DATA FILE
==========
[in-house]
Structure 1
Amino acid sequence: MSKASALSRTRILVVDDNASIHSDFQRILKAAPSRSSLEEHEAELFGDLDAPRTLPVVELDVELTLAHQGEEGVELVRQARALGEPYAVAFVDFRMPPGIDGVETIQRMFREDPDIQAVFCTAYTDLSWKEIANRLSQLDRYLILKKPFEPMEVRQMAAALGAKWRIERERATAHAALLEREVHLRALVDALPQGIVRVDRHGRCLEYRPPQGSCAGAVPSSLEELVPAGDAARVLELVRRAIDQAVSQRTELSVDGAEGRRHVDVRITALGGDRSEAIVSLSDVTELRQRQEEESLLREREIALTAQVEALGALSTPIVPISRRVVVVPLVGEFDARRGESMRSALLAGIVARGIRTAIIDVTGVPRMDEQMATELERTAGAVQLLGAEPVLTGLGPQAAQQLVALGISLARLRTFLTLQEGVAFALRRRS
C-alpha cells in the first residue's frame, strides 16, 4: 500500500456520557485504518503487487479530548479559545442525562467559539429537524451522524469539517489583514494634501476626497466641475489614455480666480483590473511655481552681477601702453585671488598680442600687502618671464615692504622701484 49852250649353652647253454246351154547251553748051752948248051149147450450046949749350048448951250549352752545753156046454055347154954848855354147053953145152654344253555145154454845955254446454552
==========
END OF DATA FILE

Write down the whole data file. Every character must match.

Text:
[in-house]
Structure 1
Amino acid sequence: MSKASALSRTRILVVDDNASIHSDFQRILKAAPSRSSLEEHEAELFGDLDAPRTLPVVELDVELTLAHQGEEGVELVRQARALGEPYAVAFVDFRMPPGIDGVETIQRMFREDPDIQAVFCTAYTDLSWKEIANRLSQLDRYLILKKPFEPMEVRQMAAALGAKWRIERERATAHAALLEREVHLRALVDALPQGIVRVDRHGRCLEYRPPQGSCAGAVPSSLEELVPAGDAARVLELVRRAIDQAVSQRTELSVDGAEGRRHVDVRITALGGDRSEAIVSLSDVTELRQRQEEESLLREREIALTAQVEALGALSTPIVPISRRVVVVPLVGEFDARRGESMRSALLAGIVARGIRTAIIDVTGVPRMDEQMATELERTAGAVQLLGAEPVLTGLGPQAAQQLVALGISLARLRTFLTLQEGVAFALRRRS
C-alpha cells in the first residue's frame, strides 16, 4: 500500500456520557485504518503487487479530548479559545442525562467559539429537524451522524469539517489583514494634501476626497466641475489614455480666480483590473511655481552681477601702453585671488598680442600687502618671464615692504622701484 49852250649353652647253454246351154547251553748051752948248051149147450450046949749350048448951250549352752545753156046454055347154954848855354147053953145152654344253555145154454845955254446454552